Furthermore, the UNFCCC should include strong human rights language as a guiding principle in any post Kyoto agreement, because a rights-based approach establishes procedural standards for government policies and international agencies. There would seem to be a need for the Office of the High Commissioner for Human Rights and the UNFCCC to cooperate more closely in developing guidelines for designing appropriate adaptation polices.
Since climate-induced migration, will often involve groups of people, rather than individuals, there is also a need for an international dedicated agency to deal effectively with what will be a recurring problem. Otherwise the ad hoc response to each disaster as it occurs will probably be chaotic.
I have written this article, not because I have any great expertise in working with migrants, but because I am aware that many Regions and Mission Units in the Columban Society are addressing the current needs of migrants and refugees. As is obvious from this article, this is a new area and there are many more questions than answers. But, I believe a start must be made because there is no doubt in my mind but that this will become a major issue in the not too distant future.
In writing this article I found two publications helpful:
“Climate Change Induced Forced Migrants: in need of dignified recognition under a new Protocol.” Equity and Justice Working Group Bangladesh, (December 2009). www.equitydg.org.
“Climate Refugees” beyond Copenhagen: legal concept, political implications, normative considerations, published by Diakonisches Werk der EKD e.V, for “Brot fur die Welt, D-70184 Stuttgart. www.brot-fuer-die-welt.de.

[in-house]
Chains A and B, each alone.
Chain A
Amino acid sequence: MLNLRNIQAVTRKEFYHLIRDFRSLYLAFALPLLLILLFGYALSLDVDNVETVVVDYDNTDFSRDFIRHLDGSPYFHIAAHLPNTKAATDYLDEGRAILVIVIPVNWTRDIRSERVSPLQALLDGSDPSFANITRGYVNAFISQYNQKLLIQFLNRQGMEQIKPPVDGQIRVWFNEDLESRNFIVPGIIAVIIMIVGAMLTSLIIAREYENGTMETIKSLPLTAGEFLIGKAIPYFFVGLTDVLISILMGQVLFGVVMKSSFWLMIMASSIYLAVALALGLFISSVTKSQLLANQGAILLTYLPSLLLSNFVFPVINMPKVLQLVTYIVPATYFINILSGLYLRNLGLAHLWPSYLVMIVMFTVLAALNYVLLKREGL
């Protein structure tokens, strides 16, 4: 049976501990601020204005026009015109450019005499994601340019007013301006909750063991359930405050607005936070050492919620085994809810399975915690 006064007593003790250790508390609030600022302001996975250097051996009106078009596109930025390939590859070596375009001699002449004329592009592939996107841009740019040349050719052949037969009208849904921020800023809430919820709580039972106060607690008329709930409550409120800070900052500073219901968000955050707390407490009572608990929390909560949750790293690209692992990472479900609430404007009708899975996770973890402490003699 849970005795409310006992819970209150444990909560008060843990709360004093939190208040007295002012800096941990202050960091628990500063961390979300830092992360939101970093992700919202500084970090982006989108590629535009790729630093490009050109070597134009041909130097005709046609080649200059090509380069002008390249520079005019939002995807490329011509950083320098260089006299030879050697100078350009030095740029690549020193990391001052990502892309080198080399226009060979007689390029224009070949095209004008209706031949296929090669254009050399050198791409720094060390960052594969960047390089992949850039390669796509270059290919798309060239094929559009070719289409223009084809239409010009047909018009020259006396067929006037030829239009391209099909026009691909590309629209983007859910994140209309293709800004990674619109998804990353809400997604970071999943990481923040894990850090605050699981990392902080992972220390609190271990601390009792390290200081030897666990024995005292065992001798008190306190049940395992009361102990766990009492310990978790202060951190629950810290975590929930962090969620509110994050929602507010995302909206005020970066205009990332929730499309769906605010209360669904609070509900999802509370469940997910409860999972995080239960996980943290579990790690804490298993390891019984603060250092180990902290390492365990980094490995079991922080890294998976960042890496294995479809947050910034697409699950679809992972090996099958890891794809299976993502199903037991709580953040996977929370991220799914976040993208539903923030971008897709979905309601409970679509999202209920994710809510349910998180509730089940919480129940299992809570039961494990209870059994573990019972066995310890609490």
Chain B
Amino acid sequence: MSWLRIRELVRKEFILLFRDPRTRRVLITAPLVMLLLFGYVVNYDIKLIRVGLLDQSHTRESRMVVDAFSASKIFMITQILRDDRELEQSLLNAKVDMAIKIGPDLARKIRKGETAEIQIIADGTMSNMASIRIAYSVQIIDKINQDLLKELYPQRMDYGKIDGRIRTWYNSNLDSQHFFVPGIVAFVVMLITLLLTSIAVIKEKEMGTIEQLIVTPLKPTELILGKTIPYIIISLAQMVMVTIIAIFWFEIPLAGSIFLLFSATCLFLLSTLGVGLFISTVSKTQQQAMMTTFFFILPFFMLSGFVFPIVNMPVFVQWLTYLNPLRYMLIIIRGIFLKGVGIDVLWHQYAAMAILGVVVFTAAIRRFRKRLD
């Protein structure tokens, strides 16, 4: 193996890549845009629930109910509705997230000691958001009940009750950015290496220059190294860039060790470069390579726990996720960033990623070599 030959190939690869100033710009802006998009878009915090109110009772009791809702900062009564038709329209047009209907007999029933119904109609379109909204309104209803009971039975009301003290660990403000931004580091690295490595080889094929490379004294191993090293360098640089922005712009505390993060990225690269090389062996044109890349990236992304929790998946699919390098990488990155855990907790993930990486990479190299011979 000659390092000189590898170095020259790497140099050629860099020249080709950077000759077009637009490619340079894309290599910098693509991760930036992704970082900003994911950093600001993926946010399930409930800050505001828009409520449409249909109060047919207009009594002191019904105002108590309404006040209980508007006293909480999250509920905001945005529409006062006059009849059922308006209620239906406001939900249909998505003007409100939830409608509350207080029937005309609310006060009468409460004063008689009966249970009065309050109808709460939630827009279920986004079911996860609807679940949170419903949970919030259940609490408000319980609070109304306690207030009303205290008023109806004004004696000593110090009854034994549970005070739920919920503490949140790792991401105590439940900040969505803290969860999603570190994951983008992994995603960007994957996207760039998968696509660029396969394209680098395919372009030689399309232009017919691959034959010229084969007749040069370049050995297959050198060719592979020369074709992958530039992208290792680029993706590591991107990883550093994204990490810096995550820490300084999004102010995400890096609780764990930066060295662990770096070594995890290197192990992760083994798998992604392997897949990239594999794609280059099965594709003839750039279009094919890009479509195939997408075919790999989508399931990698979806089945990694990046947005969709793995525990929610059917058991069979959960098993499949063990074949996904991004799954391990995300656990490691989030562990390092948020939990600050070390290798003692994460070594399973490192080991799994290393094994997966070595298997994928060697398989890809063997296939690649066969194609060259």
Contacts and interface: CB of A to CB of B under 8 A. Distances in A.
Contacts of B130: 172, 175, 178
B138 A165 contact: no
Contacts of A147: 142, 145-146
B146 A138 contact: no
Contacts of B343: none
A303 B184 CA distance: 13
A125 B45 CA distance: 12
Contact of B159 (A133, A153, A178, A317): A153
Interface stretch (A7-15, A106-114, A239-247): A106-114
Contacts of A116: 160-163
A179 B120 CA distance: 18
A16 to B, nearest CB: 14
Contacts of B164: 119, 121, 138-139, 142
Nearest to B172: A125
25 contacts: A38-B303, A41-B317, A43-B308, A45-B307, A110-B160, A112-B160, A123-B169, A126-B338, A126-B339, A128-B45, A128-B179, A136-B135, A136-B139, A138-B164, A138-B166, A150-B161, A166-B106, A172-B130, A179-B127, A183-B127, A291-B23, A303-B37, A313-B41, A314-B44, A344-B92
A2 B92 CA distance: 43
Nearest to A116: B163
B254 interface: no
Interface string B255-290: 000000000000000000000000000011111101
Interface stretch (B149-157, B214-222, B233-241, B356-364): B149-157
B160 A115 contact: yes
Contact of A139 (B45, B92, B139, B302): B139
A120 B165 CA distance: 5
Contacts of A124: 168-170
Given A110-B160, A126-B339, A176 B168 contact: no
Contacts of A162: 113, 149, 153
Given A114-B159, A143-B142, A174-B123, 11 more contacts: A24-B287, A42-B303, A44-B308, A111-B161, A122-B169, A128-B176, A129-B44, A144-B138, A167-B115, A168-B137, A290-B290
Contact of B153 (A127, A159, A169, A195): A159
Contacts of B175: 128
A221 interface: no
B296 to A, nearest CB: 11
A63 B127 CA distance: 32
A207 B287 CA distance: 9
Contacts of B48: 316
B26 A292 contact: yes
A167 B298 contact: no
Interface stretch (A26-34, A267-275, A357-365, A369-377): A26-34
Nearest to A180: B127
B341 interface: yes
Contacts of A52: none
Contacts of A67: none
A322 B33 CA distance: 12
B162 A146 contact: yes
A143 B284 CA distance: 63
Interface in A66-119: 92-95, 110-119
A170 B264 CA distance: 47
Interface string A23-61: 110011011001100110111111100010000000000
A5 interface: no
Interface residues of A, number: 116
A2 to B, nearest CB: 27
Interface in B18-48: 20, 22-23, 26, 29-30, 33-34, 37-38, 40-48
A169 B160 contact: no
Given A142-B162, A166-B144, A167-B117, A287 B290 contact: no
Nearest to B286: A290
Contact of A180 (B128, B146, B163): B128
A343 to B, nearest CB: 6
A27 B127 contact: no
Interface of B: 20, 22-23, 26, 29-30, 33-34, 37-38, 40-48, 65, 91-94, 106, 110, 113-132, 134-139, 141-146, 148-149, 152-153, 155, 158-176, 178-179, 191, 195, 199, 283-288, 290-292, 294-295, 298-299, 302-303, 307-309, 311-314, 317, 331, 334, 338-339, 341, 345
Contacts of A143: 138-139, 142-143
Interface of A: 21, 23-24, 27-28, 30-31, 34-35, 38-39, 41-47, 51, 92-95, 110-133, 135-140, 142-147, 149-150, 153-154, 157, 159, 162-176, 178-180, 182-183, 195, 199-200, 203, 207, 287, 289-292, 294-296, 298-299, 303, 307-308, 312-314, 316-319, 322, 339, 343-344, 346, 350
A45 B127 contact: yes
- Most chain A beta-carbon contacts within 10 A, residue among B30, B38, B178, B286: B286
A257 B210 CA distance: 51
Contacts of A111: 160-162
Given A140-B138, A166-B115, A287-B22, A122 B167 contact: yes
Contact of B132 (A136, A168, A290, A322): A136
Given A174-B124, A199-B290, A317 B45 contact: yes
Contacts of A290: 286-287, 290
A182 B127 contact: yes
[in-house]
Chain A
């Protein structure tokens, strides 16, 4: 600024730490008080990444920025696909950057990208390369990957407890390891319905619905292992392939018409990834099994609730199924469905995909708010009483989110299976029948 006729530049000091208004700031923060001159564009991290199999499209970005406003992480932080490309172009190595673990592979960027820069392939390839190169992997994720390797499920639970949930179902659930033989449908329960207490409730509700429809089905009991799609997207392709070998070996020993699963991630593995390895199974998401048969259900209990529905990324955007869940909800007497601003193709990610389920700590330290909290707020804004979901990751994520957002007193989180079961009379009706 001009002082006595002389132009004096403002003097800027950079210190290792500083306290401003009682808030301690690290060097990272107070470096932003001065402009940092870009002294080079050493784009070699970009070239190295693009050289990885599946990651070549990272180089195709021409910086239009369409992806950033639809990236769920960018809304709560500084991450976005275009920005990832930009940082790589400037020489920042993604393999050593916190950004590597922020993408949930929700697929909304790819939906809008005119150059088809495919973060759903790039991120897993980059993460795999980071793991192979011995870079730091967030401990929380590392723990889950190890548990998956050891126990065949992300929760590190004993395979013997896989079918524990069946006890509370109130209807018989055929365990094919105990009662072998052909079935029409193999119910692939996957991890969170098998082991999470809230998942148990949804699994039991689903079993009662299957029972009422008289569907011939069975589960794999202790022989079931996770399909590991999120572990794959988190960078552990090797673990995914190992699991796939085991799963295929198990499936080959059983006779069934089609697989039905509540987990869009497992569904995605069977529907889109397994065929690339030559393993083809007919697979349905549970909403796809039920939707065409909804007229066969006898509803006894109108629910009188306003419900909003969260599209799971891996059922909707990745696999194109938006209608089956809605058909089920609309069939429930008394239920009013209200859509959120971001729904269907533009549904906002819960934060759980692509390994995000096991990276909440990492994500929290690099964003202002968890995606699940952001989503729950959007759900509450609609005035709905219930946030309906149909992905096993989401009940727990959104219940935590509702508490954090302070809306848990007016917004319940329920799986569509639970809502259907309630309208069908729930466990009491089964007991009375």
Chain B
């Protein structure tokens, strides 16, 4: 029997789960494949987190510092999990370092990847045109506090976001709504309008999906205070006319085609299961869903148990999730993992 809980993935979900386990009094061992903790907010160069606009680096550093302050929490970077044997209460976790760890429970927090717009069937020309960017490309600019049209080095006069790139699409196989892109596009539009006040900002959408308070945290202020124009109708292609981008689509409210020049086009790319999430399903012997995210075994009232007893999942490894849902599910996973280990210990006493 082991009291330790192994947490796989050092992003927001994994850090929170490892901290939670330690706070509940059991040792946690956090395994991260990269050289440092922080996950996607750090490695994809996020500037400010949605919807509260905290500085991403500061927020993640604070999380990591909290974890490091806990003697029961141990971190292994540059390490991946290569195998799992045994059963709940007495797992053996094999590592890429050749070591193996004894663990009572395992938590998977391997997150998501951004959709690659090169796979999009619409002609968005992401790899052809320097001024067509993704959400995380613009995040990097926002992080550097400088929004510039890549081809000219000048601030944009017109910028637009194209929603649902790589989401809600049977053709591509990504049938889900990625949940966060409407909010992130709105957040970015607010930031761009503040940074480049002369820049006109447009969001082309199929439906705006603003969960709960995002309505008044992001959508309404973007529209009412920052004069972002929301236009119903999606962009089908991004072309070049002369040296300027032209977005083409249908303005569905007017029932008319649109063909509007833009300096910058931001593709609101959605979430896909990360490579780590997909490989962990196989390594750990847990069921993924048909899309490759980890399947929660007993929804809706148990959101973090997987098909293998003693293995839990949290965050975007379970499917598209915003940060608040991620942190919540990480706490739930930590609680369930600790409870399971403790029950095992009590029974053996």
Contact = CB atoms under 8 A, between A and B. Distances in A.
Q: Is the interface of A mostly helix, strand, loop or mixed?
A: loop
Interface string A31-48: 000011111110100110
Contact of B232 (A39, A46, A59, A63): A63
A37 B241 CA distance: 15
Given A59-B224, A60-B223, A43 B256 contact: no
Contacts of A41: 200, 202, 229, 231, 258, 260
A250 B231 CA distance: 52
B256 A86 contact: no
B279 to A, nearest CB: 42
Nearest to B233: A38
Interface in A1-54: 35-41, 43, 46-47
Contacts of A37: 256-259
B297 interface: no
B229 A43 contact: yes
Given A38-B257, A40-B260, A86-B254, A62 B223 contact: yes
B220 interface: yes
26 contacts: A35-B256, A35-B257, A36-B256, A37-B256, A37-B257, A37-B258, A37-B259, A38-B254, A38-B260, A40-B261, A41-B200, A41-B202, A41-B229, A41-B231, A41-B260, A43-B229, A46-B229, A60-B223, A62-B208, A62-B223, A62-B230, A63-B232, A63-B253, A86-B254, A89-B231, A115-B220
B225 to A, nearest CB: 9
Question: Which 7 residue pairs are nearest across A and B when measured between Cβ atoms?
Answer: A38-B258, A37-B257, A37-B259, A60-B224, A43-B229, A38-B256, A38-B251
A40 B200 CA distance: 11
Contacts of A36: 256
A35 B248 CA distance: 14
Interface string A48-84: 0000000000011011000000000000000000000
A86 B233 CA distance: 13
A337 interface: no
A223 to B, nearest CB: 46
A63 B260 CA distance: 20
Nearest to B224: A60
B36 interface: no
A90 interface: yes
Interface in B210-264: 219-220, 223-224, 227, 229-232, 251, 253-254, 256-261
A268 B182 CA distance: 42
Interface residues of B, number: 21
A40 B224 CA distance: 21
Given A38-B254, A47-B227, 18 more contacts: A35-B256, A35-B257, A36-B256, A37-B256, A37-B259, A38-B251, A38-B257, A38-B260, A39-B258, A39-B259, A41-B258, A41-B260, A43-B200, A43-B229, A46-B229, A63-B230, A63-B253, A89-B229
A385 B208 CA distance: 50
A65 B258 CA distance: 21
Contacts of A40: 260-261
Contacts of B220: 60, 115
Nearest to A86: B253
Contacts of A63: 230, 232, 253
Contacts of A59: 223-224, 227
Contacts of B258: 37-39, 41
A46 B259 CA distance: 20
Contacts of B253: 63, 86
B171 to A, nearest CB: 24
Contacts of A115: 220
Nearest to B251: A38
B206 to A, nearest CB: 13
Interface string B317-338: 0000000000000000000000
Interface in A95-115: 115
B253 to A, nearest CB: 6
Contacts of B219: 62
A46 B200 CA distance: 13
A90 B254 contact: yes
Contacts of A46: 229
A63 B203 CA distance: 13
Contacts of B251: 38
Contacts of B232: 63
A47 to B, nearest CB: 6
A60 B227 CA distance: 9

Biermann, Frank and Ingrid Boas, Protecting Climate Refugees: The Case for a Global Protocol.
 Economist 2009, 52.
This post has been contributed by Seán McDonagh SSC.
The wonder of the oceans
The oceans have a very special place in the story of the Universe. To many of us, they are just there and seem ordinary and common place. But we can truly appreciate their significance when we view them as a special aspect of the unfolding of the universe itself. As far as we know, liquid water is found nowhere else in the Universe. Water vapor and ice has been found on other planets, but only on planet Earth have the oceans been created and maintained in their liquid form for four billion years. Oceans were probably on the Red planet (Mars), but they have long since vanished.
Furthermore, the oceans are the womb of life. For almost 2 billion years, bacteria were the only forms of life on earth. During the first billion years, the blue-green algae learned how to take hydrogen from the oceans and to release oxygen into Earth’s carbon-dominated atmosphere. This was the beginning of photosynthesis.
More serious disruption than sea-level rising